The second option would be to deal directly with the performance issue and only the performance issue. There are two clear benefits to this approach: You focus on what you are qualified to judge (whether the employee meets performance expectations), and you minimize your risk under the ADA. If you focus on the performance issue and stay away from the alcohol issue, Al will have a more difficult time alleging that an adverse action was taken because you perceived him to be disabled.
However, there is a potential problem with focusing only on performance and ignoring the alcohol use: Performance management will not always work.
"Because the sense of denial is so strong, it needs to be pierced," says Paul Hokemeyer, an addictions specialist with Caron Treatment Centers in Boca Raton, Fla. "Sometimes you can pierce the denial by focusing on performance; other times, a more direct approach is required."
The third option is to address the performance problems as well as the alcohol issue—to pierce the denial. There are three variations of the third option:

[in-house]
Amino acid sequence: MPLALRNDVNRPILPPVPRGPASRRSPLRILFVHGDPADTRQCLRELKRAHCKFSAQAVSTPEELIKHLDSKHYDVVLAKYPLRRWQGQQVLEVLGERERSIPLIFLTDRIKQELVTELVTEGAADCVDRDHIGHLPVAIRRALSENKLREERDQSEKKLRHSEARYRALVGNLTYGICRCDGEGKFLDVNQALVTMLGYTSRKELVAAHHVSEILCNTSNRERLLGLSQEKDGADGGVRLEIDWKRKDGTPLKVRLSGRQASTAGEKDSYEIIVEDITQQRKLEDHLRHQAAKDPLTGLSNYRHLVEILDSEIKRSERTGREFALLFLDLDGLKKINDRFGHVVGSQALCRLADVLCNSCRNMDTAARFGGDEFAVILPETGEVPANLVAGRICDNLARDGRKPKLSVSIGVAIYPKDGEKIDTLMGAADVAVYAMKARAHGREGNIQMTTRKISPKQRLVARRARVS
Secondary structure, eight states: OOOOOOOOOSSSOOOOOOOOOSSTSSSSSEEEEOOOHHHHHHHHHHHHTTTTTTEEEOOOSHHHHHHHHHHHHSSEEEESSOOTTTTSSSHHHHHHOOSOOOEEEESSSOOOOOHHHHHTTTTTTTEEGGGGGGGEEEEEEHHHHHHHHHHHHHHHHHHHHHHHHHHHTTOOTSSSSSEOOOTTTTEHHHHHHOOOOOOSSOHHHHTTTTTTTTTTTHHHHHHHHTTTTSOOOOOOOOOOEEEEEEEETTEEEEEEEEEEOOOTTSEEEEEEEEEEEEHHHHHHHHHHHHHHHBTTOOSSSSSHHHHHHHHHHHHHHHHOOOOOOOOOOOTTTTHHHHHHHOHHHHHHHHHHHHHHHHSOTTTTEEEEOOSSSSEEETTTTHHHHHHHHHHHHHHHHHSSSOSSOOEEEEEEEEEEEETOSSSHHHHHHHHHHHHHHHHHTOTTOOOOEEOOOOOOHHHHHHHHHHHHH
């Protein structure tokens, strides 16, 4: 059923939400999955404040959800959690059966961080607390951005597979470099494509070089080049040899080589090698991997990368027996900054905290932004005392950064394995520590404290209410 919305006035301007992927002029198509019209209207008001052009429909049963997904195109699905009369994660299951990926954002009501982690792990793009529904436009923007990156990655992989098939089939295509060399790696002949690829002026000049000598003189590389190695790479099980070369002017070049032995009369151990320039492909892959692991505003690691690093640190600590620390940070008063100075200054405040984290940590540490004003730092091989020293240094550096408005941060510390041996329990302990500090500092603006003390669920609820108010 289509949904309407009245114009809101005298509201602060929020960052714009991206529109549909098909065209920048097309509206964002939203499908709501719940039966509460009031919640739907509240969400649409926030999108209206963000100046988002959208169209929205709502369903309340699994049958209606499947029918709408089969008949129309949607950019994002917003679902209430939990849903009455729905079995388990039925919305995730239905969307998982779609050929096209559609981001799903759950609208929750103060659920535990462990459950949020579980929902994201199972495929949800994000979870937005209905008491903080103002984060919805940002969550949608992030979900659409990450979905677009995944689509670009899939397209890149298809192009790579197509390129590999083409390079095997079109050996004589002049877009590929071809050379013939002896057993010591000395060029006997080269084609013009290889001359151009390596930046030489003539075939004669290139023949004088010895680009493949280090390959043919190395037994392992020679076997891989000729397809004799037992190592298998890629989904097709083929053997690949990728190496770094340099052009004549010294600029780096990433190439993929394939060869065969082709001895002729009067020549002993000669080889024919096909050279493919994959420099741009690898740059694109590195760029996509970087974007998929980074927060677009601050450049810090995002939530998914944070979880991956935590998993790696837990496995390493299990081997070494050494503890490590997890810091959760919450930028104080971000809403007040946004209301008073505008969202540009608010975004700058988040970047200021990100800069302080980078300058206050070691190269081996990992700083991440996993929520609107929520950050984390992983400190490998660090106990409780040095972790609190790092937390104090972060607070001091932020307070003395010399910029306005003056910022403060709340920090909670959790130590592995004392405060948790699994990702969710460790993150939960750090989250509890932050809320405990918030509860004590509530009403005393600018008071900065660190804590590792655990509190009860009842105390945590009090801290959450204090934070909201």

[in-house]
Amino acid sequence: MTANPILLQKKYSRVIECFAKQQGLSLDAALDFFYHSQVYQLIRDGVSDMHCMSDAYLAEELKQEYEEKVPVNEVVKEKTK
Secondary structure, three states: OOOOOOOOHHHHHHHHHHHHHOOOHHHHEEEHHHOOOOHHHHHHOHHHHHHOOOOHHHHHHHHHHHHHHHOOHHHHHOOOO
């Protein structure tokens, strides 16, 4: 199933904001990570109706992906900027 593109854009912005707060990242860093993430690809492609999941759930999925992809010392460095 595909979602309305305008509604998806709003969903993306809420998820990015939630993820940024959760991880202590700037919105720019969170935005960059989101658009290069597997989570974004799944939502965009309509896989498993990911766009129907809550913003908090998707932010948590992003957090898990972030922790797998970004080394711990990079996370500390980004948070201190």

Simply mention the issue and offer to help. It's possible that just raising the issue may be enough, but it's unlikely—unless the individual is ready to receive help.
Mandate an evaluation. Here, you ask a reputable substance abuse professional whether there is an objective reason to question the employee's fitness for duty and then require an evaluation if the answer is in the affirmative.
This approach carries with it greater legal risk because you are requiring a medical evaluation under the ADA and you are potentially setting yourself up for a perceived disability claim, too. Do not expect a "Thank you for caring."
"People who suffer from addictions may react like a mother tiger protects her young. The individual may feel trapped and threatened and could respond with hostility and anger," Hokemeyer says.
Hire a substance abuse professional to conduct an intervention to encourage the employee to submit to the required evaluation. When conducting the intervention, the professional often elicits the help of family and friends.